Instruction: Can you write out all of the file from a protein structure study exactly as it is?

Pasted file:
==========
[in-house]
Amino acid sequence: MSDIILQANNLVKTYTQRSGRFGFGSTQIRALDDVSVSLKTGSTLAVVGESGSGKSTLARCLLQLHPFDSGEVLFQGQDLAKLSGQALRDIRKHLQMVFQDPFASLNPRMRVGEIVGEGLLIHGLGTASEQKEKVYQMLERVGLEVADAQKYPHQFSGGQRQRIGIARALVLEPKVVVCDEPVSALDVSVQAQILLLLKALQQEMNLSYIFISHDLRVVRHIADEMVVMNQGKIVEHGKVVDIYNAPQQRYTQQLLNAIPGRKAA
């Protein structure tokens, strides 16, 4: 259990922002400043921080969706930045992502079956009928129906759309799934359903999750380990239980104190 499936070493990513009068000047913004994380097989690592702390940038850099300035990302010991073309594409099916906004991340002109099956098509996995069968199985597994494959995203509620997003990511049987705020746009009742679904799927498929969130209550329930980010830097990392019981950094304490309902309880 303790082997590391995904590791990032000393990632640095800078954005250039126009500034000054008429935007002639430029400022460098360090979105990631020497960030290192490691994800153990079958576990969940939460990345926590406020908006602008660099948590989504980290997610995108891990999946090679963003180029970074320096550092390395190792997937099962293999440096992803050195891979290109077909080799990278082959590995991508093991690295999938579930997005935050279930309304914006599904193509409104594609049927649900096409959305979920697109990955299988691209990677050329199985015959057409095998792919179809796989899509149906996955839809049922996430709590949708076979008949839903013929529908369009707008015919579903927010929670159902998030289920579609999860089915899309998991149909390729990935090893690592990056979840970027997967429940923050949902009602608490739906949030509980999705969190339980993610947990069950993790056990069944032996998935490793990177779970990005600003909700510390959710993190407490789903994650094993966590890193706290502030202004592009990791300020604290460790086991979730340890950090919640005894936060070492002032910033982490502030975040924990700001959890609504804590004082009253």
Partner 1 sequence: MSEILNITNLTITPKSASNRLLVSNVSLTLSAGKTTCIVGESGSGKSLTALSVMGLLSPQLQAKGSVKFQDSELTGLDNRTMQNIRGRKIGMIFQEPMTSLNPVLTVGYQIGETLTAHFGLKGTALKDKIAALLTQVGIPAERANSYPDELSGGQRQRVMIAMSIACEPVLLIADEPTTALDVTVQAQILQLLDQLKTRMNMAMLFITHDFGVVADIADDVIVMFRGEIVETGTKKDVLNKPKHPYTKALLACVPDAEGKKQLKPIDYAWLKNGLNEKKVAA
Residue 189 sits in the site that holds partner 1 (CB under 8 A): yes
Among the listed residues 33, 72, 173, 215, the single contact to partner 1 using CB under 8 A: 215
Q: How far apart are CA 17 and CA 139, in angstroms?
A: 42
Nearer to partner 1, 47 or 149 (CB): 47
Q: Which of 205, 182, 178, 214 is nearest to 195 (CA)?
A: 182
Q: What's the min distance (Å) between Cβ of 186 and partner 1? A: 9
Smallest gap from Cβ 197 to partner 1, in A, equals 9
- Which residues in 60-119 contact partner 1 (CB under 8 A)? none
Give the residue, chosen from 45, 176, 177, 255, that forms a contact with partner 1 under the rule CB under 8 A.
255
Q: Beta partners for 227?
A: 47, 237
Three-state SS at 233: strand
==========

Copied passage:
[in-house]
Amino acid sequence: MSDIILQANNLVKTYTQRSGRFGFGSTQIRALDDVSVSLKTGSTLAVVGESGSGKSTLARCLLQLHPFDSGEVLFQGQDLAKLSGQALRDIRKHLQMVFQDPFASLNPRMRVGEIVGEGLLIHGLGTASEQKEKVYQMLERVGLEVADAQKYPHQFSGGQRQRIGIARALVLEPKVVVCDEPVSALDVSVQAQILLLLKALQQEMNLSYIFISHDLRVVRHIADEMVVMNQGKIVEHGKVVDIYNAPQQRYTQQLLNAIPGRKAA
């Protein structure tokens, strides 16, 4: 259990922002400043921080969706930045992502079956009928129906759309799934359903999750380990239980104190 499936070493990513009068000047913004994380097989690592702390940038850099300035990302010991073309594409099916906004991340002109099956098509996995069968199985597994494959995203509620997003990511049987705020746009009742679904799927498929969130209550329930980010830097990392019981950094304490309902309880 303790082997590391995904590791990032000393990632640095800078954005250039126009500034000054008429935007002639430029400022460098360090979105990631020497960030290192490691994800153990079958576990969940939460990345926590406020908006602008660099948590989504980290997610995108891990999946090679963003180029970074320096550092390395190792997937099962293999440096992803050195891979290109077909080799990278082959590995991508093991690295999938579930997005935050279930309304914006599904193509409104594609049927649900096409959305979920697109990955299988691209990677050329199985015959057409095998792919179809796989899509149906996955839809049922996430709590949708076979008949839903013929529908369009707008015919579903927010929670159902998030289920579609999860089915899309998991149909390729990935090893690592990056979840970027997967429940923050949902009602608490739906949030509980999705969190339980993610947990069950993790056990069944032996998935490793990177779970990005600003909700510390959710993190407490789903994650094993966590890193706290502030202004592009990791300020604290460790086991979730340890950090919640005894936060070492002032910033982490502030975040924990700001959890609504804590004082009253």
Partner 1 sequence: MSEILNITNLTITPKSASNRLLVSNVSLTLSAGKTTCIVGESGSGKSLTALSVMGLLSPQLQAKGSVKFQDSELTGLDNRTMQNIRGRKIGMIFQEPMTSLNPVLTVGYQIGETLTAHFGLKGTALKDKIAALLTQVGIPAERANSYPDELSGGQRQRVMIAMSIACEPVLLIADEPTTALDVTVQAQILQLLDQLKTRMNMAMLFITHDFGVVADIADDVIVMFRGEIVETGTKKDVLNKPKHPYTKALLACVPDAEGKKQLKPIDYAWLKNGLNEKKVAA
Residue 189 sits in the site that holds partner 1 (CB under 8 A): yes
Among the listed residues 33, 72, 173, 215, the single contact to partner 1 using CB under 8 A: 215
Q: How far apart are CA 17 and CA 139, in angstroms?
A: 42
Nearer to partner 1, 47 or 149 (CB): 47
Q: Which of 205, 182, 178, 214 is nearest to 195 (CA)?
A: 182
Q: What's the min distance (Å) between Cβ of 186 and partner 1? A: 9
Smallest gap from Cβ 197 to partner 1, in A, equals 9
- Which residues in 60-119 contact partner 1 (CB under 8 A)? none
Give the residue, chosen from 45, 176, 177, 255, that forms a contact with partner 1 under the rule CB under 8 A.
255
Q: Beta partners for 227?
A: 47, 237
Three-state SS at 233: strand